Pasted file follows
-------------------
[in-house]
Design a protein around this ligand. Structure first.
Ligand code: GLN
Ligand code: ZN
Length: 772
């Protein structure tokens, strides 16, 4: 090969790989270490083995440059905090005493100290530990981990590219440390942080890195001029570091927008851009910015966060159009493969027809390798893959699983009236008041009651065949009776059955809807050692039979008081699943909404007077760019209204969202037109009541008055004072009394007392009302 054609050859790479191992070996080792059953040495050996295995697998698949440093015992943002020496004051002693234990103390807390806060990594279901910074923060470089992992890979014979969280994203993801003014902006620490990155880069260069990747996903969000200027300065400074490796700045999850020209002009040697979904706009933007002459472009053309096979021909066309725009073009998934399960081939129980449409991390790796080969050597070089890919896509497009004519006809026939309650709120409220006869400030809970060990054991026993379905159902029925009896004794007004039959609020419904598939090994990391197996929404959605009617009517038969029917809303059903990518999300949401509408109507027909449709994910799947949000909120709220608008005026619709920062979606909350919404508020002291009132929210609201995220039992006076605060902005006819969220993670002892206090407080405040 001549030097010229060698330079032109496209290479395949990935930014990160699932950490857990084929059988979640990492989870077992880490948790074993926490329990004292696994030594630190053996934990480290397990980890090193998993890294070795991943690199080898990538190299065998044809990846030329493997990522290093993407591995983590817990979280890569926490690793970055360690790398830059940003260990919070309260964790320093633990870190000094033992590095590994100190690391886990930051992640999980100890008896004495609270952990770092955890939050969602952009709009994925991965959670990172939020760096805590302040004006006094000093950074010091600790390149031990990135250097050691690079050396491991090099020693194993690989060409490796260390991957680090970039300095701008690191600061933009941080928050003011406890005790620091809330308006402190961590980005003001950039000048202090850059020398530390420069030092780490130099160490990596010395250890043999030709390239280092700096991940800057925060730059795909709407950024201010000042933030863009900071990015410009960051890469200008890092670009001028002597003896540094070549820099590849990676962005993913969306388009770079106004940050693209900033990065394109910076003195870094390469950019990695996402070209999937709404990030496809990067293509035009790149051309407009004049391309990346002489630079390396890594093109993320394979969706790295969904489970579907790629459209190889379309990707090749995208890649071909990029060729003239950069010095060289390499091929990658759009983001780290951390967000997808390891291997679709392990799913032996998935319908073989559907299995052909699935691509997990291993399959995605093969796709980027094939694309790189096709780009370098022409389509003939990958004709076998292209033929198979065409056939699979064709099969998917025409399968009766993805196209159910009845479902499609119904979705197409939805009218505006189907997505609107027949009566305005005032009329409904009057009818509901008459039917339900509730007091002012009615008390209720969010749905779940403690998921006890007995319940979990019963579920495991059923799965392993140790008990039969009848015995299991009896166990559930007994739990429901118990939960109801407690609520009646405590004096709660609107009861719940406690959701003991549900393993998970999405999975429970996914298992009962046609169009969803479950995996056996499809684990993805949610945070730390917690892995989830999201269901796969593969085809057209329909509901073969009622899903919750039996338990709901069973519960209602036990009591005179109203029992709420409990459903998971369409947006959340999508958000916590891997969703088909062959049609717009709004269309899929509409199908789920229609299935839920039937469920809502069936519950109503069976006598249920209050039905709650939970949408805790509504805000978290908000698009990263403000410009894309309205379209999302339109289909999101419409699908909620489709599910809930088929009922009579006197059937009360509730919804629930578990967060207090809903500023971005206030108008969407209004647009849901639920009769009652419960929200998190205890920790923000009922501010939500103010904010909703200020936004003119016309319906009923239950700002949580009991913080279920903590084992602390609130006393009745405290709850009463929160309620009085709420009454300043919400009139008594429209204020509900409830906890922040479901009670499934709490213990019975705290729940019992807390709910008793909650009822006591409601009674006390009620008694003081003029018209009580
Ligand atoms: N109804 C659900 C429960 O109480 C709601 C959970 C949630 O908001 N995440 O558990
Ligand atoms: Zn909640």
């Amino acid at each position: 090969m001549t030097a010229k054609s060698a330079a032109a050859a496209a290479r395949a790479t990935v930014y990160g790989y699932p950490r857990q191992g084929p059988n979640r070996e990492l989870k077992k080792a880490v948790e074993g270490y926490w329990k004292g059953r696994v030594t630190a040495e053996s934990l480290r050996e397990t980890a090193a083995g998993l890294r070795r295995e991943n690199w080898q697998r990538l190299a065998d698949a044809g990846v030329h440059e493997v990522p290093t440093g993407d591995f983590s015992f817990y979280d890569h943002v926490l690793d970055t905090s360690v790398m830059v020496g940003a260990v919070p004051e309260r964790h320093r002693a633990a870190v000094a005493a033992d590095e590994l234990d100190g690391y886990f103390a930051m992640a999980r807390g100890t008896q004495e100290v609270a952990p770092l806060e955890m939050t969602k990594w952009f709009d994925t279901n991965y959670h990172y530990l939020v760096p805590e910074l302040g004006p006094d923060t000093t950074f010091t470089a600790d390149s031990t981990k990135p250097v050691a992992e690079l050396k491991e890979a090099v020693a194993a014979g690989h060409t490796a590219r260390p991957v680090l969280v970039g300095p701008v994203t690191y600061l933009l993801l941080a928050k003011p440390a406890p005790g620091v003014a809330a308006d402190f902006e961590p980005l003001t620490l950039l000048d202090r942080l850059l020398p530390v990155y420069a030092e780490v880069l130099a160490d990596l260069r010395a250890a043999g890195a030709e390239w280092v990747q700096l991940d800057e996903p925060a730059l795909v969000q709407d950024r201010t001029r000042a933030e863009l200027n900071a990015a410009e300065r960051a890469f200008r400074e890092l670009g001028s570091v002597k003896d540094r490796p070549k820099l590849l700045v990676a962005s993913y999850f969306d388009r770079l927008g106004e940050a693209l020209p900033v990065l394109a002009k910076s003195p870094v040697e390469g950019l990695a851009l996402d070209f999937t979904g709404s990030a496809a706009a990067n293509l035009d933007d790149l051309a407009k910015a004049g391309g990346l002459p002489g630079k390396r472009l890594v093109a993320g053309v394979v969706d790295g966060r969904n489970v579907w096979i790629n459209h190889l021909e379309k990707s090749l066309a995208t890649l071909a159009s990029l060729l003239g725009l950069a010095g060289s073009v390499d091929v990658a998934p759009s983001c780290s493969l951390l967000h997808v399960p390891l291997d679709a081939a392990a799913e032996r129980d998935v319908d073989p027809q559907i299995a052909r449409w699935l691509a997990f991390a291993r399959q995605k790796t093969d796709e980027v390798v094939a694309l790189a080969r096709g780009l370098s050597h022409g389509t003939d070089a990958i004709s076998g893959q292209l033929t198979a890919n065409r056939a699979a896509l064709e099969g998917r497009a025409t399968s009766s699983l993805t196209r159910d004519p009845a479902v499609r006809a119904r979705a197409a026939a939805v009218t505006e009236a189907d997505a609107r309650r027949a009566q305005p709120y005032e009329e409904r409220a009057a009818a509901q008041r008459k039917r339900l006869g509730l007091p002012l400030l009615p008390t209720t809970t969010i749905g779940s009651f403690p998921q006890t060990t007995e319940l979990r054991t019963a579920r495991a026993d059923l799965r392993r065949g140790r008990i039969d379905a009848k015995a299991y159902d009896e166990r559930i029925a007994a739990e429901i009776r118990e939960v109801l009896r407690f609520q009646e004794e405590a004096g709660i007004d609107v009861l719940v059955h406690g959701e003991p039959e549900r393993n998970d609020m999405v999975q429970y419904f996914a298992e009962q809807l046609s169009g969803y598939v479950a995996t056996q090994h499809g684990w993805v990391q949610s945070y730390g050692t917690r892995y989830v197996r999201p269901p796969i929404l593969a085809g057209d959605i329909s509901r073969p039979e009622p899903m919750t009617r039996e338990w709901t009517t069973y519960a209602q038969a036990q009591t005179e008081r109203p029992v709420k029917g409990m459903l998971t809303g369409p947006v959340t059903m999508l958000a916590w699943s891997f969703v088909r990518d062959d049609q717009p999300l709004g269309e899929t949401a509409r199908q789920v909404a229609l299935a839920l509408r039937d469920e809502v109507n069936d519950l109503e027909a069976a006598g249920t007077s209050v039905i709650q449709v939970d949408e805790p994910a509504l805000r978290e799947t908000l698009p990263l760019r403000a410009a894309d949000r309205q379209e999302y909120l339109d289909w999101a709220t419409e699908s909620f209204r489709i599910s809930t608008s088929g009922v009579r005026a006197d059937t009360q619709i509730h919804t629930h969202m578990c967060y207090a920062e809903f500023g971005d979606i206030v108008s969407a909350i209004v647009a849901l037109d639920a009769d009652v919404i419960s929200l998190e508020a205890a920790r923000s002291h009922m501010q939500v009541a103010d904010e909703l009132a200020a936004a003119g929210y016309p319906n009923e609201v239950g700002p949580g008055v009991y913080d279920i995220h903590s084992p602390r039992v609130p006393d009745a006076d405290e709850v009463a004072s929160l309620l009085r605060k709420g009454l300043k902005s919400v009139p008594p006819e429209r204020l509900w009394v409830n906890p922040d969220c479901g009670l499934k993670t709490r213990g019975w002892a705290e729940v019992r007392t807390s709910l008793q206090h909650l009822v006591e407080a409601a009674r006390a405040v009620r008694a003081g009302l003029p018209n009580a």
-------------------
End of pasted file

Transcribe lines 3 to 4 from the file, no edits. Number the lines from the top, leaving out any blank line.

Ligand code: GLN
Ligand code: ZN